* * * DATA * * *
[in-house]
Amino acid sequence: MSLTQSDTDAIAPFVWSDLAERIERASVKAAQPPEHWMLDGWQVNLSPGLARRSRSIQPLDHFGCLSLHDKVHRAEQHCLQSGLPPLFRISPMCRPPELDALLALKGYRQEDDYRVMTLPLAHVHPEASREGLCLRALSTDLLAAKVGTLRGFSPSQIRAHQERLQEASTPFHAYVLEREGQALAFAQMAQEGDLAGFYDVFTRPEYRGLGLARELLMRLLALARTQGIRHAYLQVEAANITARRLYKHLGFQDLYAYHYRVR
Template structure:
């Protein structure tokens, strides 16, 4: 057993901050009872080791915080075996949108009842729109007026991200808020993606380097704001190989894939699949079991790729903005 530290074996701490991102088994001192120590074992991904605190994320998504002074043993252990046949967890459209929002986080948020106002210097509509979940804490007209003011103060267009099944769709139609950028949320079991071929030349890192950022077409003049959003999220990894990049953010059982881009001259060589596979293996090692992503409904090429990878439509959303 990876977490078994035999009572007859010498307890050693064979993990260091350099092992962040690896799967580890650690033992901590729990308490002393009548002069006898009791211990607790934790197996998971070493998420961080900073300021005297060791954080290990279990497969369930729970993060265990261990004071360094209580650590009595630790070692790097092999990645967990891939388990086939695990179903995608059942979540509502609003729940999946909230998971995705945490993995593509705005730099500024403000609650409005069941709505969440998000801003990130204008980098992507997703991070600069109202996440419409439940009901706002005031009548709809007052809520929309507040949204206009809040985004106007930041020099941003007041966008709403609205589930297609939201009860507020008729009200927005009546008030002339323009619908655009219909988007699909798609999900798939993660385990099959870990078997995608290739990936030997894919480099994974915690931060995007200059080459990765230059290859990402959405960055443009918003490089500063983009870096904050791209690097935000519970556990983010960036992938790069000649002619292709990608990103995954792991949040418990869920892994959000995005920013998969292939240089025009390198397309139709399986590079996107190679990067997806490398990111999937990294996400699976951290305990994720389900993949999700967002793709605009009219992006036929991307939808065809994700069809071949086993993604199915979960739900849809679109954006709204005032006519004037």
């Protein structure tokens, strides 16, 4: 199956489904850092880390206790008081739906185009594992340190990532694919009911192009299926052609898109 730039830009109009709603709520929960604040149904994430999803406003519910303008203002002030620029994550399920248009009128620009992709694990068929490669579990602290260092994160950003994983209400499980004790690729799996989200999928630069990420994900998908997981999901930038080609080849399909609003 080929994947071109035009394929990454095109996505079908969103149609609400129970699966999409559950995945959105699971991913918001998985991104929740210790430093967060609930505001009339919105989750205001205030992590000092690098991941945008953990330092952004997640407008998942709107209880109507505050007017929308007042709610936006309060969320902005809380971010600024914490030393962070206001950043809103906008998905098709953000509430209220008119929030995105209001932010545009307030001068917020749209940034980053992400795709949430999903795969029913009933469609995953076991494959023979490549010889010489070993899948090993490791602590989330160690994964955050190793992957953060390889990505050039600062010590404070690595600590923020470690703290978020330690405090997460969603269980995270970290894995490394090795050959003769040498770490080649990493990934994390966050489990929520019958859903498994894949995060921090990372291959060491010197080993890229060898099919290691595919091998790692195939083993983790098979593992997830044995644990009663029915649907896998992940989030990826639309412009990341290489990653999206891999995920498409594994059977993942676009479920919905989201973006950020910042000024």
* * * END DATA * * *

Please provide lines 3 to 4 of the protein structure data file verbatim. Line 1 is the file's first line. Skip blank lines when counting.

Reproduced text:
Template structure:
């Protein structure tokens, strides 16, 4: 057993901050009872080791915080075996949108009842729109007026991200808020993606380097704001190989894939699949079991790729903005 530290074996701490991102088994001192120590074992991904605190994320998504002074043993252990046949967890459209929002986080948020106002210097509509979940804490007209003011103060267009099944769709139609950028949320079991071929030349890192950022077409003049959003999220990894990049953010059982881009001259060589596979293996090692992503409904090429990878439509959303 990876977490078994035999009572007859010498307890050693064979993990260091350099092992962040690896799967580890650690033992901590729990308490002393009548002069006898009791211990607790934790197996998971070493998420961080900073300021005297060791954080290990279990497969369930729970993060265990261990004071360094209580650590009595630790070692790097092999990645967990891939388990086939695990179903995608059942979540509502609003729940999946909230998971995705945490993995593509705005730099500024403000609650409005069941709505969440998000801003990130204008980098992507997703991070600069109202996440419409439940009901706002005031009548709809007052809520929309507040949204206009809040985004106007930041020099941003007041966008709403609205589930297609939201009860507020008729009200927005009546008030002339323009619908655009219909988007699909798609999900798939993660385990099959870990078997995608290739990936030997894919480099994974915690931060995007200059080459990765230059290859990402959405960055443009918003490089500063983009870096904050791209690097935000519970556990983010960036992938790069000649002619292709990608990103995954792991949040418990869920892994959000995005920013998969292939240089025009390198397309139709399986590079996107190679990067997806490398990111999937990294996400699976951290305990994720389900993949999700967002793709605009009219992006036929991307939808065809994700069809071949086993993604199915979960739900849809679109954006709204005032006519004037």